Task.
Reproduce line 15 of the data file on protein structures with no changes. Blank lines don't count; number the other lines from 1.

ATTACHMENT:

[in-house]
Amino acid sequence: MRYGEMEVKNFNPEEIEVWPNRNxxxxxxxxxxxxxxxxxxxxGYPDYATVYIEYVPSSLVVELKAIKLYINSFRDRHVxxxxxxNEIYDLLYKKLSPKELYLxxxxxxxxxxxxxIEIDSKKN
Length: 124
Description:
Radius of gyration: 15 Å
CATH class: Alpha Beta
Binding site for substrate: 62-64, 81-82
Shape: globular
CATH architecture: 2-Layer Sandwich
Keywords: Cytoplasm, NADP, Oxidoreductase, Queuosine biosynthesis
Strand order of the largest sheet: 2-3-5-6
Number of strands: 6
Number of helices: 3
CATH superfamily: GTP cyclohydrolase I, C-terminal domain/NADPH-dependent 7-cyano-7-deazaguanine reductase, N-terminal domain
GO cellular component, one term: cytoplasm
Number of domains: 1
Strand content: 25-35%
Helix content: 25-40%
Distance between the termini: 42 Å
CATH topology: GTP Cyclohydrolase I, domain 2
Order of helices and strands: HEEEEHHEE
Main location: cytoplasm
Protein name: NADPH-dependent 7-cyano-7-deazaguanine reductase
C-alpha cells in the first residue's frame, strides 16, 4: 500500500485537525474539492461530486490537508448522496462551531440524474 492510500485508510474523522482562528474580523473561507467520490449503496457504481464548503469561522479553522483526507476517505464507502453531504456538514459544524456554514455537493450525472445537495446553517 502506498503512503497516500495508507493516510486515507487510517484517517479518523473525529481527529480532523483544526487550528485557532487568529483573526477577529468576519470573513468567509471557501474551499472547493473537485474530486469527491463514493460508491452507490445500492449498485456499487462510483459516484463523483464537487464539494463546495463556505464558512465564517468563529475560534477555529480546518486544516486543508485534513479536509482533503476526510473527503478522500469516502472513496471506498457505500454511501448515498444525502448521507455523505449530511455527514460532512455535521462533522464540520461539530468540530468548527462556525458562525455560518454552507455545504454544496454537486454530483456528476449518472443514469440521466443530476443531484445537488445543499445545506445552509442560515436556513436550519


GO cellular component, one term: cytoplasm